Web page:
Risk of Dementia Could Be Slightly Increased in Those with Elevated Blood Sugar Levels
With the prevalence of type 2 diabetes growing in the U.S., researchers would like to know if the condition is somehow connected to dementia risk. Finding clues that may indicate one’s risk of developing dementia has been a focus of many studies.
Recent research published August 8 in the New England Journal of Medicine has found there could be a connection between this condition and higher blood sugar levels, even in those who don’t necessarily have diabetes.
The study followed 2,067 patients who did not have dementia when the study started. Of the participants, 232 had diabetes at the start of the study and 1,835 did not. The median follow up period was 6.8 years, during which time 524 patients developed dementia – 74 who had diabetes and 450 who did not.
Making changes in one’s lifestyle—such as eating healthy and staying active—could impact one’s blood sugar levels. In fact, these changes could significantly make a difference in one’s overall health. But other factors pose a much greater risk of developing dementia. This includes those with a family history of the disease.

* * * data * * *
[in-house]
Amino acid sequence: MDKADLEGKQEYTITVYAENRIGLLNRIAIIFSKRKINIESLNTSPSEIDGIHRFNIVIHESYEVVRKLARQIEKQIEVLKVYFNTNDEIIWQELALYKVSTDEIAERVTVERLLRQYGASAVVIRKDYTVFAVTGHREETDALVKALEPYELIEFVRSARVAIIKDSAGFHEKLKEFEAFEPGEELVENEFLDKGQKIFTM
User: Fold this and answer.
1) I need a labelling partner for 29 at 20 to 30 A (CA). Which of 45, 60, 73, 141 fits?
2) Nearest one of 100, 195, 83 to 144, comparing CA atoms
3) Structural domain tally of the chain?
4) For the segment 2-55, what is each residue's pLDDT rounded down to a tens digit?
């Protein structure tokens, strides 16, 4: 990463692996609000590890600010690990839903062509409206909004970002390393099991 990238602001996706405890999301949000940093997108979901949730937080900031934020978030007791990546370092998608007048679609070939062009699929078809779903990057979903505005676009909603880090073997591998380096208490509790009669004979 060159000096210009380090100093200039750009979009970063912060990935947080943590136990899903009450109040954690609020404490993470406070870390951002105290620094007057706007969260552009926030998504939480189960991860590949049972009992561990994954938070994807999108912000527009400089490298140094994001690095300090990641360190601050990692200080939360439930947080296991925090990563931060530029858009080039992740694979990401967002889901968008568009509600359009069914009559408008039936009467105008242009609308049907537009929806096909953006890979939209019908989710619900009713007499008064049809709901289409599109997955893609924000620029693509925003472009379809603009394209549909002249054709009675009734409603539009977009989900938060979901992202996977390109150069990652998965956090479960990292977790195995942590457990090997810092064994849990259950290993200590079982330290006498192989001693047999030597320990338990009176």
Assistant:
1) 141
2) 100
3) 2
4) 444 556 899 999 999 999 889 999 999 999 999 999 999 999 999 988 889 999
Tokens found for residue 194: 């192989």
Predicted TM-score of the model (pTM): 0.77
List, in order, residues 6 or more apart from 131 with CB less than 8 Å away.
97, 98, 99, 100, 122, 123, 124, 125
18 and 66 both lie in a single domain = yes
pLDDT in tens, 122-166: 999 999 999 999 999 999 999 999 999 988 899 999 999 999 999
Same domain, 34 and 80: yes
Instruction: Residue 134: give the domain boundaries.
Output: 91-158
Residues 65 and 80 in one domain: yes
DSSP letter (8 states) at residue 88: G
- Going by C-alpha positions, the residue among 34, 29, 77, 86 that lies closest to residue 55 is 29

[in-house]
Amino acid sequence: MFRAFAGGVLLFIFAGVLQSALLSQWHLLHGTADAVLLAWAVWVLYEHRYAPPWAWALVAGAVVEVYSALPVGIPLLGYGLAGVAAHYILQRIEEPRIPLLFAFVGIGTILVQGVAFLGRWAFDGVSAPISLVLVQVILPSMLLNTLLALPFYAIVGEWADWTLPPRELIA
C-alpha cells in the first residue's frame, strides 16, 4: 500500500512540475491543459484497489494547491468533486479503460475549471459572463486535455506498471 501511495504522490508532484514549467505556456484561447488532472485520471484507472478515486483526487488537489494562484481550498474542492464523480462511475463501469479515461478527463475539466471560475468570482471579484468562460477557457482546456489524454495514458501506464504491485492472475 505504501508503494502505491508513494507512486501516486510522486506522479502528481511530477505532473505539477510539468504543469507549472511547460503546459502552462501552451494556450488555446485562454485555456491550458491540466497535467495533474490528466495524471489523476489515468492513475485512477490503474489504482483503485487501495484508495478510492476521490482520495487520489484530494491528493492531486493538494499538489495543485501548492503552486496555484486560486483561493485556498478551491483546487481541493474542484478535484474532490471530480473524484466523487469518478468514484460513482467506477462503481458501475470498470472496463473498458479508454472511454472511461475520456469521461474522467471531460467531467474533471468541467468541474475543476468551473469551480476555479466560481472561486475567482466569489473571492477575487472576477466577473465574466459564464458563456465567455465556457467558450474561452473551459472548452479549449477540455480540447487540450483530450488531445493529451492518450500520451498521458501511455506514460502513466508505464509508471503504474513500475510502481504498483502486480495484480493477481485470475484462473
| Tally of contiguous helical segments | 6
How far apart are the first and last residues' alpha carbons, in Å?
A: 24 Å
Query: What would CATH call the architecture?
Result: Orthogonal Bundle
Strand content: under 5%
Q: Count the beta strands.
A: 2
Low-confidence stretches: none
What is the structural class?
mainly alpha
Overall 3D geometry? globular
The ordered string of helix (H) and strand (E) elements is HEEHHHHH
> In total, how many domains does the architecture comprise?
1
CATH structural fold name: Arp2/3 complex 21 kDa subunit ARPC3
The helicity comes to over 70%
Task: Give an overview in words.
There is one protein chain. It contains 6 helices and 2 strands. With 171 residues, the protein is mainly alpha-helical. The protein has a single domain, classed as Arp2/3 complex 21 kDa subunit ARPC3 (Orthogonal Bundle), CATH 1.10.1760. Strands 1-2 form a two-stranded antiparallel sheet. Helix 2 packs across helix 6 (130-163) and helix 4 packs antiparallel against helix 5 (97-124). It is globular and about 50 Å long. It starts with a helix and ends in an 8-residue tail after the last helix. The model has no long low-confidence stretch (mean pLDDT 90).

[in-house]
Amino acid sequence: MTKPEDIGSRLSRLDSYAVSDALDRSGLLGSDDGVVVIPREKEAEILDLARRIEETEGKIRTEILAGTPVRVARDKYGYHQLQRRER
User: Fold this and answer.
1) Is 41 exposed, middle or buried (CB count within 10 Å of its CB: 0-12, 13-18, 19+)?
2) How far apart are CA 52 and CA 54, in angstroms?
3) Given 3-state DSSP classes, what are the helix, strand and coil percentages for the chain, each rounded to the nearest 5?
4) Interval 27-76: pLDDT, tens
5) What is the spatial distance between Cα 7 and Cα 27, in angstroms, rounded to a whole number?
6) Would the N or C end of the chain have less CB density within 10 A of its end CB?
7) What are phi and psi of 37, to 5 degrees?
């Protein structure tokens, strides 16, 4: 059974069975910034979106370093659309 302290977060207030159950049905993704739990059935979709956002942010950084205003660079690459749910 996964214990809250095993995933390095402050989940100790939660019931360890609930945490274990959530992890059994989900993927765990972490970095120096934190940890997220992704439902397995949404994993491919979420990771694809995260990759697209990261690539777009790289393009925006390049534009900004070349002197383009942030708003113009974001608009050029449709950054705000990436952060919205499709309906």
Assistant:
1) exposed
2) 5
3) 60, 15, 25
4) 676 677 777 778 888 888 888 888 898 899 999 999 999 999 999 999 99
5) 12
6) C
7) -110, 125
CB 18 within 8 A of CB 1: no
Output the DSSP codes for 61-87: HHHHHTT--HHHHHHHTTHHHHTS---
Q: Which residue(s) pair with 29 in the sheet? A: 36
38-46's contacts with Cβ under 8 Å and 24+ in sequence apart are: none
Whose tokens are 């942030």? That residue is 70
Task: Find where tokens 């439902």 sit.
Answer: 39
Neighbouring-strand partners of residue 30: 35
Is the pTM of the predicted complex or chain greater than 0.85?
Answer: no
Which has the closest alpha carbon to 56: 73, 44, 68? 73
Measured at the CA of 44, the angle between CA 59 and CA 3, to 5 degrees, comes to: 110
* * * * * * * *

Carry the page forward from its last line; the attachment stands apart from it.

The researchers who conducted the study controlled for other risk factors related to dementia risk, such as age, sex, exercise level, blood pressure, heart disease, smoking, and more.
Disability Benefits for Dementia Patients
When someone has been diagnosed with a serious health condition that has resulted in total disability, benefits may be available. Whether it’s a diagnosis of diabetes, dementia or another serious disease, contact the Disability Help Group for help filing a Social Security disability.